State races are also on runoff ballot
Published 12:09 am Monday, August 27, 2007
JACKSON (AP) — Mississippians return to the polls Tuesday for runoffs that will determine Democratic nominees for one statewide and one regional office and both major parties’ nominees for several legislative seats.
Polls will be open 7 a.m.-7 p.m.
Turnout is traditionally low for runoffs because there are fewer races to lure people to the polls. Candidates acknowledge it’s a challenge to motivate people to remember to vote.
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‘‘Face it, there are not a lot of people who are going to come back for a state auditor’s race between two guys like us, names unknown,’’ said Mike Sumrall of Mt. Olive, who faces another political newcomer, Todd Brand of Bailey, in the Democratic runoff for state auditor.
Brand has a doctorate in community college leadership and is the chairman of the Fine Arts and Communication Division at Meridian Community College. He said if he becomes auditor, he wants to demand more efficiency from state agencies.
‘‘Unfortunately, the mentality ’close enough for government work’ still applies in some places,’’ Brand said.
Sumrall has 28 years’ experience working for state and local government, including 23 in the state auditor’s office. Among other jobs, he has served as business manager for Pike County schools.
Sumrall said he wants to increase training for the auditor’s staff, and he wants to expand the use of ‘‘paperless’’ audits, which can be faster and more efficient.
The winner of the Democratic runoff for auditor will face Republican Stacey Pickering in the Nov. 6 general election. The auditor’s job is open this year because the GOP’s Phil Bryant, who has held the job since 1996, is running for lieutenant governor.
There is one restriction on voting Tuesday. People who cast ballots in one party’s primary on Aug. 7 are not allowed to cross over and vote in the other party’s runoff. However, people who did not vote Aug. 7 can vote in either party’s runoff.
The other runoffs:
— Public service commissioner, central district: Democratic runoff between Addie Green and Lynn Posey. The winner will face Republican Charles Barbour, Reform Party candidate Lee Dilworth and independent Kevin Moses in November. Incumbent Nielson Cochran, a Republican, did not seek re-election.
— Senate District 2, in all of Benton and Marshall counties and part of Tippah County: Democratic runoff between Henry Boyd Jr. and Bill Stone. The winner will face Republican incumbent Ralph Doxey in November.
— Senate District 4, in all of Alcorn County and parts of Tippah and Tishomingo counties: Democratic runoff between Kenny Digby and Eric Powell, Republican runoff between Judy Glenn and James Moffitt. Incumbent Travis Little, R-Corinth, did not seek re-election.
— Senate District 10, in all of Panola County and part of Tate County: Democratic runoff between incumbent Nolan Mettetal and Mona Pittman. The winner will face Republican Shelly Turner in November.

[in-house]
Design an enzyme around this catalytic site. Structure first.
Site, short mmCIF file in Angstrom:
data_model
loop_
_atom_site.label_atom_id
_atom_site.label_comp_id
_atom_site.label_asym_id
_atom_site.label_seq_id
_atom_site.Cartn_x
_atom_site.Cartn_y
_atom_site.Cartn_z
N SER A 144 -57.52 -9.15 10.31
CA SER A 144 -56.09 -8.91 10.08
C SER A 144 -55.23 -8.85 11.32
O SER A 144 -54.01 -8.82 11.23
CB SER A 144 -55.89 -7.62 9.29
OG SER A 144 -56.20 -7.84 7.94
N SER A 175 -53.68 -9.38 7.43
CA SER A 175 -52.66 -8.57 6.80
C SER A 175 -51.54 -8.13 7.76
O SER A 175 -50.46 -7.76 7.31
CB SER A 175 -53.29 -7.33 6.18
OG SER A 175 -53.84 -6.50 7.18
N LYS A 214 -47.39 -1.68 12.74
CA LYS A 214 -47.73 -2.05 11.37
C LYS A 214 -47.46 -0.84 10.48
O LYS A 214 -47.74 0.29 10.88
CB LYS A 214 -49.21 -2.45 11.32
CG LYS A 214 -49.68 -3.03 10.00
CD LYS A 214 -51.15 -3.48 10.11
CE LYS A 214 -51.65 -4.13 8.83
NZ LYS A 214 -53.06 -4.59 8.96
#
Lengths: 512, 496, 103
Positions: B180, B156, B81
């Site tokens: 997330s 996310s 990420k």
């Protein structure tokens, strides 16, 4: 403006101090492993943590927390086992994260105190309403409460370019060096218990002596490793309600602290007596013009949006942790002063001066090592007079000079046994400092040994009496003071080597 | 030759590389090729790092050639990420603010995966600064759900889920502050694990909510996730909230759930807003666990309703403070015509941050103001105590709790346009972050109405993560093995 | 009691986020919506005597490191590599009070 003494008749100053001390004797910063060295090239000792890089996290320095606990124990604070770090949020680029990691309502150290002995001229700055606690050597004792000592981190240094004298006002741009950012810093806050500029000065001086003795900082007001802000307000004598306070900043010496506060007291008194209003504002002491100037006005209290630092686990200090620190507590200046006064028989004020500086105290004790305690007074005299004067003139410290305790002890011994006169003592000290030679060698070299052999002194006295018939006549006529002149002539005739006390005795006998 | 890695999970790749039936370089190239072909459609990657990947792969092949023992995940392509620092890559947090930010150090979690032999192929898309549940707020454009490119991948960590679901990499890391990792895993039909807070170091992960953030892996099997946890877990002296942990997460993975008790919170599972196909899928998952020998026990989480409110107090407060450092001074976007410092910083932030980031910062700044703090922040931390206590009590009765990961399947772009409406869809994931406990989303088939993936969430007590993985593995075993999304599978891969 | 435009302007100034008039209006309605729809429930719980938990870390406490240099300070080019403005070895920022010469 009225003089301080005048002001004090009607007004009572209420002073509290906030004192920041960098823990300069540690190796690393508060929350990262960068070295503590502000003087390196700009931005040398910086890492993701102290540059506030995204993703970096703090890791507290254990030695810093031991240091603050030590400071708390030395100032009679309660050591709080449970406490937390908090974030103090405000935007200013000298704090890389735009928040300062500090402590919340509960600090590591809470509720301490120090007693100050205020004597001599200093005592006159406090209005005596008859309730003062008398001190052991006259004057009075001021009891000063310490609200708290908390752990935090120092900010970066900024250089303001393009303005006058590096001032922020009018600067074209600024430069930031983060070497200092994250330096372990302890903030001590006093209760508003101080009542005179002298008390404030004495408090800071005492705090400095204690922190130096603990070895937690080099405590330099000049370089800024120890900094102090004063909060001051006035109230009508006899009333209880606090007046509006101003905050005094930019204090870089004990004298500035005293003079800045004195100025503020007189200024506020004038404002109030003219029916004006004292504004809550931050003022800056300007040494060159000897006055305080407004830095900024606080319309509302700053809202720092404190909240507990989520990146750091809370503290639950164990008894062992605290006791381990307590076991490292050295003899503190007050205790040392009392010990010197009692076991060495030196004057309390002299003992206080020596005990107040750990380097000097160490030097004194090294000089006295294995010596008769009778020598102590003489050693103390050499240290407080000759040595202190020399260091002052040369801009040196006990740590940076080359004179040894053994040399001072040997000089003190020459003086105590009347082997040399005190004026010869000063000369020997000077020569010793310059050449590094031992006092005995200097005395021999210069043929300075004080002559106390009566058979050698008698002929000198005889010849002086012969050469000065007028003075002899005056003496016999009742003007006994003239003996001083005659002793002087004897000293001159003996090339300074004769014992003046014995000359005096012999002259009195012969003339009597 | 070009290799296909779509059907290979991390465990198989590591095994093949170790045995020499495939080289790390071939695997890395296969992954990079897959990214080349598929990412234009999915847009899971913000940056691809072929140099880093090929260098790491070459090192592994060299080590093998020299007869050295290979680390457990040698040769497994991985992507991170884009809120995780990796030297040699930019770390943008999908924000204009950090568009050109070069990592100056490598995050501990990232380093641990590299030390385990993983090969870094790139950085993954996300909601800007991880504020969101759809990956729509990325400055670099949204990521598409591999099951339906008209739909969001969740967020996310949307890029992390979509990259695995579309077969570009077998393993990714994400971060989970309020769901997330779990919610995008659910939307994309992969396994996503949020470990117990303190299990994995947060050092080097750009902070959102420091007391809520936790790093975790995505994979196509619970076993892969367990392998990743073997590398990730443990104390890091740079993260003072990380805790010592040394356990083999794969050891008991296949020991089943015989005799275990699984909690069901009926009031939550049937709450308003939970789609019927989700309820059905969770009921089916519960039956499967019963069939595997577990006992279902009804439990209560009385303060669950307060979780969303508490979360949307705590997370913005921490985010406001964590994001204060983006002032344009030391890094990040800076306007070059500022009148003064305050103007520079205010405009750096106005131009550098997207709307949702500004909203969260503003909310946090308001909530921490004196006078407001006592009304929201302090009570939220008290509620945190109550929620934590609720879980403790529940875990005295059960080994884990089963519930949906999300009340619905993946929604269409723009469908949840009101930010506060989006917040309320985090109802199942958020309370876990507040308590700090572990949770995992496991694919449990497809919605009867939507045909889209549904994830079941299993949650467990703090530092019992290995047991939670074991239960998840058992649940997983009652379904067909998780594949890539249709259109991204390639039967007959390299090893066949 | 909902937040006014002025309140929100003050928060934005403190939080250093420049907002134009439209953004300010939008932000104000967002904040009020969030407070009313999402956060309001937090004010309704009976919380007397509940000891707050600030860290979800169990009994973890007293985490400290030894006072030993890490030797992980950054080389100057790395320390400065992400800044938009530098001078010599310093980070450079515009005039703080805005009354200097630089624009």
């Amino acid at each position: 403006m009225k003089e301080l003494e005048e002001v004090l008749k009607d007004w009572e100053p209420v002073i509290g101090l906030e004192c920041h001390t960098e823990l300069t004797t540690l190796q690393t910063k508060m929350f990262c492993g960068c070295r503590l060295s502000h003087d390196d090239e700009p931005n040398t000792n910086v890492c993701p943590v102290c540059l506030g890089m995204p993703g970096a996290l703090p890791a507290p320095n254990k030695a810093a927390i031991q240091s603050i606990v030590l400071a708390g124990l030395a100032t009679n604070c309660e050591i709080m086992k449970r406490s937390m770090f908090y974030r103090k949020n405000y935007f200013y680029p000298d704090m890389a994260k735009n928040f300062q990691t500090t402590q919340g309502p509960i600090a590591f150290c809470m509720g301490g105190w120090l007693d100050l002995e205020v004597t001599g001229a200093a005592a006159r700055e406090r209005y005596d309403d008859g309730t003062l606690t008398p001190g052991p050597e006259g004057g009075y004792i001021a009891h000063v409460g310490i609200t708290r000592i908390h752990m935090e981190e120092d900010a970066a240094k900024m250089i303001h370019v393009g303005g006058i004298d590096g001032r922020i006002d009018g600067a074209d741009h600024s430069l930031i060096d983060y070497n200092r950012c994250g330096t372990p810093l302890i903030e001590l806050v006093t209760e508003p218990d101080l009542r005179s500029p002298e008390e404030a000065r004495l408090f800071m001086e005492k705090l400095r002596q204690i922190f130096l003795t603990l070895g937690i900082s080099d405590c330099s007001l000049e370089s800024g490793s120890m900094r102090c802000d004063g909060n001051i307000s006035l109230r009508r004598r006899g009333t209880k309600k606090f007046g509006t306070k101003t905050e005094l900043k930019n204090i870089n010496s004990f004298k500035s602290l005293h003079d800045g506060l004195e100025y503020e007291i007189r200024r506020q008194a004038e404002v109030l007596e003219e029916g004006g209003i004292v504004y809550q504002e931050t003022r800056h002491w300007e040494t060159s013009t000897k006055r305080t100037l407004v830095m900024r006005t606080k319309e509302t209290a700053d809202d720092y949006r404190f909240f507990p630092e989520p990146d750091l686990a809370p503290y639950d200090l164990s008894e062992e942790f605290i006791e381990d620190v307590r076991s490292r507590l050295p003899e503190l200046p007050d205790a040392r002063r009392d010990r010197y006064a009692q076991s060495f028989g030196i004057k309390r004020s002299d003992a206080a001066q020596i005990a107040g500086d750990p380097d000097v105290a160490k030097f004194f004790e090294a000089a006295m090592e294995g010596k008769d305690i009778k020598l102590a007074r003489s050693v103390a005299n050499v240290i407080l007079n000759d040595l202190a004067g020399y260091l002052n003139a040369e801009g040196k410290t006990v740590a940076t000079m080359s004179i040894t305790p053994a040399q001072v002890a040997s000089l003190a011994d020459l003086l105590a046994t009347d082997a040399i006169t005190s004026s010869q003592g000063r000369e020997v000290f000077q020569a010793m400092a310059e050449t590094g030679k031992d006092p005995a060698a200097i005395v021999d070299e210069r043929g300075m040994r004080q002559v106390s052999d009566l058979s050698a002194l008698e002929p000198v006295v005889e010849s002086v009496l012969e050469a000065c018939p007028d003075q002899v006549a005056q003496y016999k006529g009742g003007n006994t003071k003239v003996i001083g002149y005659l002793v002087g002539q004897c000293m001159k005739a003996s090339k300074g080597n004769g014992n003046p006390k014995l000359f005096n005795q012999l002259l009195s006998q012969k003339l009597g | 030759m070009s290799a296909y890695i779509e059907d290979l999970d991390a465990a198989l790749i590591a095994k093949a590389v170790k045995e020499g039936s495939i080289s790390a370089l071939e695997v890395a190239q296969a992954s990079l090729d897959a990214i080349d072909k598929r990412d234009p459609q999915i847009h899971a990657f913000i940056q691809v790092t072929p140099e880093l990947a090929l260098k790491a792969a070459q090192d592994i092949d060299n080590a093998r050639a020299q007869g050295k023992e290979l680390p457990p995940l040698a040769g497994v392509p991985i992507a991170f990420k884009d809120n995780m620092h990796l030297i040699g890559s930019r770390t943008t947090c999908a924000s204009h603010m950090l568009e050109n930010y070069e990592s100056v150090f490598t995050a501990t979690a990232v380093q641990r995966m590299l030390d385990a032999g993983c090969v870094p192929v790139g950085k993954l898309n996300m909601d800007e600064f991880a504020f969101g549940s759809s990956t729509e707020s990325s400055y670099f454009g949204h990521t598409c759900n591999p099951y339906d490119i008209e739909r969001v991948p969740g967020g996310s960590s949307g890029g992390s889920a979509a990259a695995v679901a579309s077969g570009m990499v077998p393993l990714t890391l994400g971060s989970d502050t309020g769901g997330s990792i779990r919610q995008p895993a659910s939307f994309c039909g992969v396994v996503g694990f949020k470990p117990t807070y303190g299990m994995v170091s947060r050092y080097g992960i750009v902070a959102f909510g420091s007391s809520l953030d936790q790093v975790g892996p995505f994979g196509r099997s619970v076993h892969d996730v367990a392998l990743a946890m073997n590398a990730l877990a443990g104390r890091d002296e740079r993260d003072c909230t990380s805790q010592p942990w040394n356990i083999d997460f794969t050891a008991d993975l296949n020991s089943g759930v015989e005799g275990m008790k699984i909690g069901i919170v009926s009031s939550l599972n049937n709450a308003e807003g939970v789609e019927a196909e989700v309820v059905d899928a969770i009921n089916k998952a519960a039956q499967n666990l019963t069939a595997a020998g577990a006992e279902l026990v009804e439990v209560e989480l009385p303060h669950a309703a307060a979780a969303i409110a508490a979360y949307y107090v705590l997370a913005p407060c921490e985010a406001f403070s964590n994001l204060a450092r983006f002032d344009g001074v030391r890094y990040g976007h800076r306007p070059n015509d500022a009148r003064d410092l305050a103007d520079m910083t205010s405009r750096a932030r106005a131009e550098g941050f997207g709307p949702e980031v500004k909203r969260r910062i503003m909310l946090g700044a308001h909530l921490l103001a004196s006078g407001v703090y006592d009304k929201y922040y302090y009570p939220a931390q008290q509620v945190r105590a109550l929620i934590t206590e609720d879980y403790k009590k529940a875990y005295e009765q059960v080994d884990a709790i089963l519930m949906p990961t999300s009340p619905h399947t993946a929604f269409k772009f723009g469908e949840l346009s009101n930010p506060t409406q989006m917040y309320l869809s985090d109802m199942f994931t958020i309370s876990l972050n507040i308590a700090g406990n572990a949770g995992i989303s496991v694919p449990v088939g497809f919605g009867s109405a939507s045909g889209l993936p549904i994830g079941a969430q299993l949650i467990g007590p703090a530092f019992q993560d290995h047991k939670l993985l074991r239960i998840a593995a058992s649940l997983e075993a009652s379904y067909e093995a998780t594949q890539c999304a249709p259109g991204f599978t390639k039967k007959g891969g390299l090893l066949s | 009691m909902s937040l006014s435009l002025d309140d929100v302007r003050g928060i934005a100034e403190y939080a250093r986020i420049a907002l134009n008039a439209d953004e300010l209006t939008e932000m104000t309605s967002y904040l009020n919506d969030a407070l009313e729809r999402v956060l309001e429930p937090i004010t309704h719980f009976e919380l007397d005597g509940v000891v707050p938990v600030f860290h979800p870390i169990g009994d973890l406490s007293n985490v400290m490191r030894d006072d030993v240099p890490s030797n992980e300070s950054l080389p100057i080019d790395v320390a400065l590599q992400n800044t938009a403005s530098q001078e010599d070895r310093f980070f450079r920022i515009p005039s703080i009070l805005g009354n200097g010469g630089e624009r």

— Senate District 20, in parts of Madison and Rankin counties: Republican runoff between Charles Porter and Lee Yancey. The winner will be unopposed in November. Incumbent Charlie Ross, R-Brandon, did not seek re-election; he was defeated in the Aug. 7 GOP primary for lieutenant governor.
— Senate District 36, in all of Claiborne and Jefferson counties and parts of Copiah and Hinds counties: Democratic runoff between Albert Butler and Vincent Davis. The winner will be unopposed in November. Incumbent Lynn Posey, D-Union Church, did not seek re-election; he is running for public service commissioner.
— House District 19, in parts of Itawamba, Lee and Tishomingo counties: Democratic runoff between Brandon Cherry and Mark Duvall. The winner will face Republican Randy Boyd in November. Incumbent Jamie Franks, D-Mooreville, did not seek re-election; he’s running for lieutenant governor.
— House District 20, in parts of Lowndes and Monroe counties: Democratic runoff between Robert Mitchell and Jimmy Puckett. The winner will face Republican Chris Brown in November. Incumbent J.B. Markham, D-Greenwood Springs, did not seek re-election.
— House District 21, in parts of Itawamba and Monroe counties: Democratic runoff between Donnie Bell and Michael Sullivan. The winner will face Republican Paul Walker of Fulton in November. Incumbent Bill Miles, D-Fulton, did not seek re-election.
— House District 77, in parts of Rankin, Simpson and Smith counties: Republican runoff between Andy Gipson and incumbent Clint Rotenberry. The winner will face Democrat Dale Berry and Green Party candidate Lynn McLean in November.
— House District 84, in parts of Clarke, Jasper, Lauderdale and Newton counties: Republican runoff between David Campbell and C.D. Smith. The winner will face Democrat William ‘‘Billy’’ G. Lee and independent Cecil ‘‘Matt’’ Hemphill in November. Incumbent Eric Robinson, R-Quitman, did not run this year.
— House District 91, in parts of Copiah, Covington, Jefferson Davis, Lawrence and Simpson counties: Democratic runoff between Bob Evans and incumbent Joey Hudson. The winner will be unopposed in November.
— House District 99, in parts of Lamar, Marion, Pike and Walthall counties: Democratic runoff between Winston Fortenberry and Ryan Bruhl. The winner will face Republican Bill Pigott in November.
— House District 104, in parts of Forrest and Lamar counties. Republican runoff between Larry Byrd and Chad King. The winner will be unopposed in November. Incumbent Mike Lott, R-Petal, did not seek re-election.